Great Naval Battles Vol II - Guadalcanal 1942-43
Ssi's great naval battles was by no means perfect, but it was certainly the best surface action war game to appear in recent years. Despite its shortcomings, the popularity of the product was sustained, largely because ssi made an effort to keep loyal players satisfied by releasing several scenario disks.
It would have been a simple matter to tweak the engine of the original game very slightly, create a selection of new scenarios and re-release it with an undeserved "if appended to the title. Fortunately, ssi has chosen to rework the game to a greater extent, especially upgrading both sound and graphics to meet the expectations of a host of new game players and the technological capabilities of new machines.
While the original game was set in the Atlantic, for the sequel the scene moves to the sunnier, but no less bloodier, climes of the Pacific. It centres on a series of cruicial battles between the us and Japanese fleets that took place around Guadalcanal between 1942 and 1943. Dozens of training missions, several different scenarios and two campaign options give this sim longterm playability: to put this in perspective, one scenario (with just four ships) could keep you amused for a day or more. It'll take about two days to play each side and that's using only the simplest of tactics, like steaming straight at the enemy with guns blazing.
The degree of control you can exercise over the fleet is quite daunting but, thanks to the excellent interface, coming to terms with the multitude of functions takes surprisingly little time. I have to admit, though, that launching air strikes did require more than a brief glance at the manual. The ai does an excellent job, taking care of just about everything, such as plotting main and second gun-firing solutions and, if conditions require, shedding some light in the area with star shells. At the same time the computer will take care of pumping out and repairing damaged areas, launching torpedoes, maintaining your customised ship formations and flying 50 tbf Avengers and F4 Wildcats.
You can, of course, do it all yourself (excluding the flying), but I challenge you to take evasive action with 20,000 tons of usn Yorktown when a squadron of B5N2 Kates have just dropped twelve 45-knot, high-explosive fish in the water and the primary gun director has just been dive-bombed out of action on the usn Sth Dakota. If you don't think that's a problem, try counterbalancing your listing vessel by deliberately flooding opposite sections of the craft.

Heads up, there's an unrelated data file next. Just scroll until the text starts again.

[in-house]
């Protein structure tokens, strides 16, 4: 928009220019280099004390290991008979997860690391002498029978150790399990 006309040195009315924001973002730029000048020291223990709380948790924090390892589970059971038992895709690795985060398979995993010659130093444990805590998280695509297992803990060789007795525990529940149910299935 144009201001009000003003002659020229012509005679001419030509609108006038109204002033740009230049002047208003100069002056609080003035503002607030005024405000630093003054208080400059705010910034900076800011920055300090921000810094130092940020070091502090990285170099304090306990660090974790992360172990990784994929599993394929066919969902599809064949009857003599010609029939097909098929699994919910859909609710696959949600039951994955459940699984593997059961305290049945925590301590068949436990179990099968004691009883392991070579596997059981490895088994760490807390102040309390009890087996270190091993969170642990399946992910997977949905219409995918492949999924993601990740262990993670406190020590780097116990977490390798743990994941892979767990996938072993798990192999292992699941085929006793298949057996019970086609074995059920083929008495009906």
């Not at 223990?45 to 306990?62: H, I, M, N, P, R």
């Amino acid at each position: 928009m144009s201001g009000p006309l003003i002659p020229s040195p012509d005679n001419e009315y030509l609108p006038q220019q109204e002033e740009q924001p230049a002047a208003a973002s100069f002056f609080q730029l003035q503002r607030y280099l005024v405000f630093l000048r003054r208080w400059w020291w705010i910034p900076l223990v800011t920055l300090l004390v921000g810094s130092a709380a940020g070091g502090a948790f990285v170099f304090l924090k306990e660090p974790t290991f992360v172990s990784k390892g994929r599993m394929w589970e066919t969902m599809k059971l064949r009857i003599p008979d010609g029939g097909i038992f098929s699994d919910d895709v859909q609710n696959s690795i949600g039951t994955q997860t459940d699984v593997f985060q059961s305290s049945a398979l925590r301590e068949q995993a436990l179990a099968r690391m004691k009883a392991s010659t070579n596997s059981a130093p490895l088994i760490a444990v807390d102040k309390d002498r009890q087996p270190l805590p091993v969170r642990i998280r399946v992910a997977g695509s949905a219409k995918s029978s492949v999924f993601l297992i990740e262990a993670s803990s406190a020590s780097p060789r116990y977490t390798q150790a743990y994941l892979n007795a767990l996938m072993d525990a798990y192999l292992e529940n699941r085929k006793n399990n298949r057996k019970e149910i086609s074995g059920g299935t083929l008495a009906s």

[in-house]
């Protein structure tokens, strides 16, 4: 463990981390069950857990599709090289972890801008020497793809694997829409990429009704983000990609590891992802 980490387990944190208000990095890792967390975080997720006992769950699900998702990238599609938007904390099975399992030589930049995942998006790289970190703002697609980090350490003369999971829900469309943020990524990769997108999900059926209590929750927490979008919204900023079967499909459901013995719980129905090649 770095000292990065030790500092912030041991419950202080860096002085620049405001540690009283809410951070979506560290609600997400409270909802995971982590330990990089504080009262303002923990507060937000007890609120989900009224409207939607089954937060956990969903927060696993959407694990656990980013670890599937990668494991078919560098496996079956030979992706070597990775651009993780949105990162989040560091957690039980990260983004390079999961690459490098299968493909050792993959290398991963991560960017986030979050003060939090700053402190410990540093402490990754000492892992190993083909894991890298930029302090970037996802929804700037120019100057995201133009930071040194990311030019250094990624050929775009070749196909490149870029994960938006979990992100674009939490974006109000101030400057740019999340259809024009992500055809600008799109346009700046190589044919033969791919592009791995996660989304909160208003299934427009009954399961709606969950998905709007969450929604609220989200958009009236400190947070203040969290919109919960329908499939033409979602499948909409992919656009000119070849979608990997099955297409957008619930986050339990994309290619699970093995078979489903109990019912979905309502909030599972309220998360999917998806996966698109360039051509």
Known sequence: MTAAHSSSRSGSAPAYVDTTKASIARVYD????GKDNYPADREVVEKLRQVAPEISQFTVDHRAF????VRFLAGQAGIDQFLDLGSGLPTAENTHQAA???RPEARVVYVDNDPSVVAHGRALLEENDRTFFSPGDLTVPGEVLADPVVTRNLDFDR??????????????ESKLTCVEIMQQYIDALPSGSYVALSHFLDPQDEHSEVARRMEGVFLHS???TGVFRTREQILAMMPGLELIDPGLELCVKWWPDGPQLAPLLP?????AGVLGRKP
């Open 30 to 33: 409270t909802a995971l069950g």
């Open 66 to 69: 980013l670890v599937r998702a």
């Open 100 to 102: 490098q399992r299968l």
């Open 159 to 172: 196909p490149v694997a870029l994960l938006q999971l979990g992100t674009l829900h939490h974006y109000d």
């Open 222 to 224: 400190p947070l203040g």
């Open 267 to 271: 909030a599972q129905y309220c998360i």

There is a happy medium to suit most people and switching the ai on or off is a mouse click away in the respective control window.
All this action can be viewed from anywhere on any ship in the task force and, for the really vain, a camera is provided on the look-out post to record the very few successful assaults on the dominant Japanese force. Few things in life are as gratifying as a full broadside connecting! (You sad person. Ed.)
On the campaign trail
Much of your time controlling the activities of the fleet is spent on the bridge of the flagship. The map display is the heart of the operation. It enables you to post specific orders to other land bases and vessels, and it can be adapted to show various ranges and icons, of which there are too many to list. There is also an array of preset navigational aids, such as shadow, intercept, patrol box, return to base and so on. If watching through the sights of your main guns is all too much for you, then zoom in on the enemy and watch your bombers in action.
The basic goal in the campaign mode is to gain and maintain control of Guadalcanal. You also have limited authority over the troop movements in the area, but the game objective is really to keep them supplied. (We' all know battleships have a short lifespan without adequate support.) Again, it is up to you to decide when to disengage and return to bases to refuel and repair. As was the case at the time, the Japanese have air superiority, but remember: your guns are bigger. In a game like this that simulates reality so precisely, the golden rule of "know your enemy" should always be adhered to. Believe me when I say things start to get really hairy when, having only allocated six planes to spotter duty, you get your first contact. Naturally you tool up the torps and dive bombers, allocate a fighter escort and away they go, keeping back a skeleton force for a second wave. "Oh gosh!" I said (something like that anyway) when contacts two and three appeared with their spotter planes heading in my direction. Time to run for cover. But on a clear sunny day? I don't think so!
There's just enough time to split the force and send the bbs in for a kill, but with two in for repair and a supply convoy to defend my apparently unassailable task force, things were looking decidedly thin!
Tension mounts as the first attack wave returns looking battered. Worse is still to come since the enemy makes a retaliatory strike immediately. I am forced to concede this one and retire to nurse my seriously bruised pride.
A naval love affair
ssi has managed to create a comprehensive but, nevertheless, extremely playable simulation which not only puts the original game in the shade, but knocks spots off everything else into the bargain. I guarantee that if you dive in with manual in left hand and mouse in right you'll soon be losing sleep. As 1 mentioned, ssi actively supported GNBI with add-on scenarios and I sincerely hope this trend continues.
Download Great Naval Battles Vol II - Guadalcanal 1942-43
- PC compatible
- Operating systems: Windows 10/Windows 8/Windows 7/2000/Vista/WinXP